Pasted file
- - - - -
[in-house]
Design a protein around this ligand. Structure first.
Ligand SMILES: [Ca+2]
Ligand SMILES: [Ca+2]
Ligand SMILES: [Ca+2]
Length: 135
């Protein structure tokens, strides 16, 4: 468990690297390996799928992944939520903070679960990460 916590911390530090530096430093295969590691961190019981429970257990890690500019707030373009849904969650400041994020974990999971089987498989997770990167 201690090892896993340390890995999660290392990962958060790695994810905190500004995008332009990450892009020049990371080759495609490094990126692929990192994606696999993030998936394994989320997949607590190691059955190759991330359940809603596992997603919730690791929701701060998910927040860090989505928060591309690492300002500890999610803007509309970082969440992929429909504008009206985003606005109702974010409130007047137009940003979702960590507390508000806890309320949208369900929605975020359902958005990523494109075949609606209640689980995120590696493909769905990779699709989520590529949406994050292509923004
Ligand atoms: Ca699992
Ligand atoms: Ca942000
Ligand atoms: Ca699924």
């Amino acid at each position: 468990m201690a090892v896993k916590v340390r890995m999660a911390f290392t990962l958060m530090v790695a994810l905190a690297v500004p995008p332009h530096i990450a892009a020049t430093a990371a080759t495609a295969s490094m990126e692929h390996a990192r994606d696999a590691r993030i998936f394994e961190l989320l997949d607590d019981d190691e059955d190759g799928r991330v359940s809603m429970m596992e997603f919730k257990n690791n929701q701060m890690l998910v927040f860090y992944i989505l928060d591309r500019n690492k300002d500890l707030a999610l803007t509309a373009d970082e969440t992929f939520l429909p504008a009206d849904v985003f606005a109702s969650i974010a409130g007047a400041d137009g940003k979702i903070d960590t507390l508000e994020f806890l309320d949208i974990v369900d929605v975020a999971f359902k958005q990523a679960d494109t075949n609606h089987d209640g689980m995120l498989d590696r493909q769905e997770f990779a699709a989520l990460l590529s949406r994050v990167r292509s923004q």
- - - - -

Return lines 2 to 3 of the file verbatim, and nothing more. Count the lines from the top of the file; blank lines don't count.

Design a protein around this ligand. Structure first.
Ligand SMILES: [Ca+2]